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Health Indicator Report of Preterm Births

Prematurity increases the risk for infant morbidity and mortality. Infants born preterm are at greater risk of dying in the first month of life. Preterm infants may require intensive care at birth and are at higher risk of developmental disabilities and chronic illnesses throughout life. They are more likely to require special education services. Health care costs and length of hospital stay are higher for preterm infants. The more preterm an infant is born, the more severe the health problems are likely to be.

Notes

2017 data are preliminary and based on nearly 100% of registered births occurring in calendar year 2017, which were received and processed as of October 2, 2018.   [[br]] Data for White, Black, and Asian do not include Hispanics. Hispanic ethnicity includes persons of any race. [[br]] Confidence limits are not available for US data.

Data Source

Birth Certificate Database, Office of Vital Statistics and Registry, New Jersey Department of Health

Data Interpretation Issues

The New Jersey Department of Health has been using the obstetric estimate (OE) to determine gestational age since 1989, while the National Center for Health Statistics (NCHS) had been calculating it using date of last menstrual period (LMP). In 2003, NCHS changed the standard for gestational period from the LMP-based gestational age to the OE-based gestational age. OE-based gestational age for U.S. data became available for years 2007 and later in February, 2016. Data in reports published prior to February, 2016 will not match data shown here. Refer to [http://www.cdc.gov/nchs/data/nvsr/nvsr64/nvsr64_05.pdf Measuring Gestational Age in Vital Statistics Data: Transitioning to the Obstetric Estimate] for more information. [[br]][[br]] The annual number of birth records with unknown gestational age was between 5,100 and 6,700 in 2000-2009. Unknown gestational age dropped to 1,000-2,800 records per year in 2010-2014. In recent years, improved data exchange between states has resulted in fewer than 100 NJ resident birth records with unknown gestational age each year. A large number of "unknowns" in the denominator may artificially decrease rates.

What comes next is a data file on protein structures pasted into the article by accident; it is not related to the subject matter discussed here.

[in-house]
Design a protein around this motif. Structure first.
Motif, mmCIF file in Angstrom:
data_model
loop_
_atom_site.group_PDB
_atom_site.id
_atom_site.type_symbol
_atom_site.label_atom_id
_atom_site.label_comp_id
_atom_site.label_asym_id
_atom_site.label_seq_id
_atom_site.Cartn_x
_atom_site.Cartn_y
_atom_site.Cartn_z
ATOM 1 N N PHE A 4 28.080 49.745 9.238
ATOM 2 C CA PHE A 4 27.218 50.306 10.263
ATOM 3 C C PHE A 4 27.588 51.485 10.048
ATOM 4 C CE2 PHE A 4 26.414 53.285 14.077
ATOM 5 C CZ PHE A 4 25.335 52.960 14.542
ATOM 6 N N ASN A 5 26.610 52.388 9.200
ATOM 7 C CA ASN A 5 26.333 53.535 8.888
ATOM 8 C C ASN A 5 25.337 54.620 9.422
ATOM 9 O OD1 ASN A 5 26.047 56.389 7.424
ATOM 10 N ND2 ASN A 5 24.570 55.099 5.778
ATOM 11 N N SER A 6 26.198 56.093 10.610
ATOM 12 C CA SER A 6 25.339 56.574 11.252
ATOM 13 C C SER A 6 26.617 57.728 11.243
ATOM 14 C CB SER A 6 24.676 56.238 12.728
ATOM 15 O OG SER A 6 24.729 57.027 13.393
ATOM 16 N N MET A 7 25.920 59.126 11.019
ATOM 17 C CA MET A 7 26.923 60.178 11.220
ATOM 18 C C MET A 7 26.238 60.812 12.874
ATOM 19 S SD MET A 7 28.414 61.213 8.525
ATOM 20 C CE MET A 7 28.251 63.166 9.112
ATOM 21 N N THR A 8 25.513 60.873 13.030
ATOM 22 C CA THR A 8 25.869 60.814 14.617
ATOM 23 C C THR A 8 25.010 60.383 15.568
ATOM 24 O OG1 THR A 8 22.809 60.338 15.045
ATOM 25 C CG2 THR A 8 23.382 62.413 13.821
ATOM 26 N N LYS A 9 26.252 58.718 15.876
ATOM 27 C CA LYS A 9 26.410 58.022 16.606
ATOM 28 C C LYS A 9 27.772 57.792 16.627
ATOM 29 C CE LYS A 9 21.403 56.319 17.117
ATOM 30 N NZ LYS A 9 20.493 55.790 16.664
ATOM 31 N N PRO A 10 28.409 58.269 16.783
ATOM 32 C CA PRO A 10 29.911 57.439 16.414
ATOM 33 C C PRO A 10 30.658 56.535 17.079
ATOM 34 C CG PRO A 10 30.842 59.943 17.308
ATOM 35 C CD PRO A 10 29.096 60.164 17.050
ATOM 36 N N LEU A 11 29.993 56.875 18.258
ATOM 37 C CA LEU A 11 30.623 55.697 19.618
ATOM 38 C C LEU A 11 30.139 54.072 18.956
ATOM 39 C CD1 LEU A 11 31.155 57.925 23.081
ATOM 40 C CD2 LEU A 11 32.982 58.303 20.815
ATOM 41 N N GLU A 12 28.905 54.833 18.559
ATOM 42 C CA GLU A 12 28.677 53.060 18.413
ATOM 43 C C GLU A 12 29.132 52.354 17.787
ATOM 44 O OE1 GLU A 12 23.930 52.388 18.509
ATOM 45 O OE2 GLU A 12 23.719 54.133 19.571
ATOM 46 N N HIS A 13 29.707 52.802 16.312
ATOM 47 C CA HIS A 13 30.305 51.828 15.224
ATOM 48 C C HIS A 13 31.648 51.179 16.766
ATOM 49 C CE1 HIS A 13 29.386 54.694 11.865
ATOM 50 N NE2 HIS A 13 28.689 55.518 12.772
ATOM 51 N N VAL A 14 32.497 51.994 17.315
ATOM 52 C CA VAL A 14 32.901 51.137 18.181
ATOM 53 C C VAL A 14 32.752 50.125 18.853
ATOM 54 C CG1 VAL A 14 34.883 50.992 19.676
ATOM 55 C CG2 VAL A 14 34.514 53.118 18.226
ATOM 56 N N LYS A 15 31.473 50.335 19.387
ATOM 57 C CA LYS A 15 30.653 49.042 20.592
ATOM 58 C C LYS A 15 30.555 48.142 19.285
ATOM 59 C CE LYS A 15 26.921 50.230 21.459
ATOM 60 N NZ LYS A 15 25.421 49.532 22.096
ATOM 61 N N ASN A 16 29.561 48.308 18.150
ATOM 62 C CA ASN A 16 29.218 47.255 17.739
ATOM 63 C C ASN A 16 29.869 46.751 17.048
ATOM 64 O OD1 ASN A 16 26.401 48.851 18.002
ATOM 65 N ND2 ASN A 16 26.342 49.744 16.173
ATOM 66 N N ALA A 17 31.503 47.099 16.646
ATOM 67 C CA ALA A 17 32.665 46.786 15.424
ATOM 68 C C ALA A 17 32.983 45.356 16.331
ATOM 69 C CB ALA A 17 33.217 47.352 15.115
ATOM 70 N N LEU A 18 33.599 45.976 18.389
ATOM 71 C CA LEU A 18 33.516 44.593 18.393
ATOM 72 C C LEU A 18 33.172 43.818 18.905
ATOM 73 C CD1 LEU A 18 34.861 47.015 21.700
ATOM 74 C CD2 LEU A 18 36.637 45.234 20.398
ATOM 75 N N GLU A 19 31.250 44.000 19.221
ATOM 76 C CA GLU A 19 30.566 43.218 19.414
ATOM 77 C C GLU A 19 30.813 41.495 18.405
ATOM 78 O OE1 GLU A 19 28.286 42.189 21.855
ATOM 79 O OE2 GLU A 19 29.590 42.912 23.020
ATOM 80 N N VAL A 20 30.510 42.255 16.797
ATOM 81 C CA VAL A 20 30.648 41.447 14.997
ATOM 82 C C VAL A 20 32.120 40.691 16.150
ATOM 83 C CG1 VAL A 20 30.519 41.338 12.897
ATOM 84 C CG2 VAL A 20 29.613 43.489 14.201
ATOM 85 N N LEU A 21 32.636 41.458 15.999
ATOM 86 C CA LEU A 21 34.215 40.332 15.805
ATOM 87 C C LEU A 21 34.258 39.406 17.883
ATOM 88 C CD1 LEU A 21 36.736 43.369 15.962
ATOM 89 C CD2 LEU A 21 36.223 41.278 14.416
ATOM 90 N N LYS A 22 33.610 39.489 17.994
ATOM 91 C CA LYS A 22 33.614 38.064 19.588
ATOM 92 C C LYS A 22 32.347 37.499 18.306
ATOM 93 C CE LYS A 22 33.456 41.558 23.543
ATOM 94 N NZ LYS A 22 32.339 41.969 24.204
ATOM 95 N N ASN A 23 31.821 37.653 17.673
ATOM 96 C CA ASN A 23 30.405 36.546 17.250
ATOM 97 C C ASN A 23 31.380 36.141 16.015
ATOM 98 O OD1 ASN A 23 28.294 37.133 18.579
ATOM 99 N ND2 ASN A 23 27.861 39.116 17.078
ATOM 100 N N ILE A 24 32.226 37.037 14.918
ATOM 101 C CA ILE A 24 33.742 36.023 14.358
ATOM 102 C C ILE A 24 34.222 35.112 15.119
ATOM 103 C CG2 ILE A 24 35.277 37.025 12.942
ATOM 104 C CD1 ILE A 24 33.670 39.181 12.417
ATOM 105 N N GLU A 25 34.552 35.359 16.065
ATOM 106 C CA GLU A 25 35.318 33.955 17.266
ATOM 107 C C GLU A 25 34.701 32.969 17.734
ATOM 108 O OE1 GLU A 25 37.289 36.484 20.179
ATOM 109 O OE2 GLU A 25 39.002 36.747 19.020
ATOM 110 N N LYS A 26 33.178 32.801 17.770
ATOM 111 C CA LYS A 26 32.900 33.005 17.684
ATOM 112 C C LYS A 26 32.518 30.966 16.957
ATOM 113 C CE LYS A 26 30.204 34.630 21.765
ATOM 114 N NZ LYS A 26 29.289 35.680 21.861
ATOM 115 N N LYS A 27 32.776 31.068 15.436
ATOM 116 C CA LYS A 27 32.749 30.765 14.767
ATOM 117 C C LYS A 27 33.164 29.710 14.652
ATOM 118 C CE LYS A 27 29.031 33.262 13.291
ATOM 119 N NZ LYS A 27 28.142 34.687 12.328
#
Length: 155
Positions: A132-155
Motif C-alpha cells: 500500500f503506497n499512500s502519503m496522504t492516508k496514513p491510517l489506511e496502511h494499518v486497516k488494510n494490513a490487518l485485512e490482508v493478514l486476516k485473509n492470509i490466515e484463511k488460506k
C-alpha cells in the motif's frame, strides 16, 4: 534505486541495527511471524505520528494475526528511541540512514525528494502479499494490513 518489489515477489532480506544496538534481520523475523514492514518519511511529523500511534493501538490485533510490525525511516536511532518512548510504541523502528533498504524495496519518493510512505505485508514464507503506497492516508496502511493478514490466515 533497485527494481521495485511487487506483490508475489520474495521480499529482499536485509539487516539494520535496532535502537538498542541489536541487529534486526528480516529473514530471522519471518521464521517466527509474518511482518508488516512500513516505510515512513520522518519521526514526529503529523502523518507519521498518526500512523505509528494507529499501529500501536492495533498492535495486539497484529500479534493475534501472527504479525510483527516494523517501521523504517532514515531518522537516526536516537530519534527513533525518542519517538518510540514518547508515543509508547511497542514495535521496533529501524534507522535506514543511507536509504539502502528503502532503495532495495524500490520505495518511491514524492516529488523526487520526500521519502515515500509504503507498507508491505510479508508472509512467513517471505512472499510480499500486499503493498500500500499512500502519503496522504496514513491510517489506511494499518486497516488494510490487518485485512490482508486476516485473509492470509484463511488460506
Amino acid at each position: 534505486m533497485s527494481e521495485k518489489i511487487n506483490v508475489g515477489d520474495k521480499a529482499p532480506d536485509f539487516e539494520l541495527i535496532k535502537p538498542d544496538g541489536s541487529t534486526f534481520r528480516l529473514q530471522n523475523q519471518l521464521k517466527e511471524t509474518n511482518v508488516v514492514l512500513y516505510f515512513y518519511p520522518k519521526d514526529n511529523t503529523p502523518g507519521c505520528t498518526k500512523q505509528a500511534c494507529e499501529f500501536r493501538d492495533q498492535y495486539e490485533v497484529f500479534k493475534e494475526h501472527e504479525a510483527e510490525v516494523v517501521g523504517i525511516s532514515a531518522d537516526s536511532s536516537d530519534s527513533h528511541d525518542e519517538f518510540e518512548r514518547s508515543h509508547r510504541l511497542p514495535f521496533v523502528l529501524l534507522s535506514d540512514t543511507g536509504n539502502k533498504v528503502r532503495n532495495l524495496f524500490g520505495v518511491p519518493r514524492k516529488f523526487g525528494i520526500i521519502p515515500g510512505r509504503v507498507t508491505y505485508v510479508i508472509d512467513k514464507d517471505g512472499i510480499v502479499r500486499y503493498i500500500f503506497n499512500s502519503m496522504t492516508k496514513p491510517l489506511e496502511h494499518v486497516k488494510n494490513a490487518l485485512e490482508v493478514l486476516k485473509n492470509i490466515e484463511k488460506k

Definition

Percent of live born infants born before 37 weeks (preterm) or before 32 weeks (very preterm) of gestation based on obstetric estimate Preterm is synonymous with premature. Infants born before 37 weeks of pregnancy are considered preterm and those born before 32 weeks of pregnancy are considered very preterm. Infants born at or after 37 weeks of pregnancy are called full term. Most pregnancies last around 40 weeks.

Numerator

Number of live born infants born before 37 weeks (preterm) or before 32 weeks (very preterm) of gestation based on obstetric estimate

Denominator

Number of live infants born to resident mothers

Healthy People Objective: Reduce preterm births

U.S. Target: [[br]]Preterm (<37 weeks): 11.4% [[br]]Very preterm (<32 weeks): 1.8%

How Are We Doing?

Preterm birth is highly correlated with plurality. While 7.7% of singletons are born preterm, more than half of twins and nearly all triplets are born prior to 37 completed weeks of gestation. For very preterm births, the rates are 1.2%, 10.0%, and 36.4%, respectively. New Jersey's overall preterm birth rate has decreased significantly from 10.4% in 2006 to 9.5% in 2017. A similar trend exists for preterm singleton births: a decrease from 8.2% in 2004 to 7.6% in 2017. The very preterm birth rate among all pluralities declined from 1.8% in 2006 to 1.5% in 2017 and, among singletons, the rate declined from 1.4% in 2000 to 1.1% in 2017. Although the preterm birth rate among Black mothers (13.1%) remains much higher than among other racial/ethnic groups (8.3%-9.7%), it is the only group to see a statistically significant decline since 2000 (15.4%). While mother's country of birth does not have a significant effect on preterm birth rates of White and Asian mothers, preterm births are significantly more likely among US-born Blacks and Hispanics compared to their foreign-born counterparts.

How Do We Compare With the U.S.?

New Jersey's preterm and very preterm birth rates for singletons and for all pluralities are slightly below those of the nation as a whole.

What Is Being Done?

The [http://www.nj.gov/health/fhs/ Division of Family Health Services] in the New Jersey Department of Health administers programs to enhance the health, safety and well-being of families and communities in New Jersey. Several programs are aimed at improving birth outcomes.

Evidence-based Practices

[https://www.cdc.gov/reproductivehealth/maternalinfanthealth/pretermcdc-activities.html CDC Preterm Birth Activities] [https://www.cdc.gov/mmwr/volumes/65/wr/mm6532a4.htm CDC Grand Rounds: Public Health Strategies to Prevent Preterm Birth]
Page Content Updated On 12/06/2018, Published on 12/06/2018
The information provided above is from the Department of Health's NJSHAD web site (https://nj.gov/health/shad). The information published on this website may be reproduced without permission. Please use the following citation: " Retrieved Mon, 22 April 2019 18:36:16 from Department of Health, New Jersey State Health Assessment Data Web site: https://nj.gov/health/shad ".

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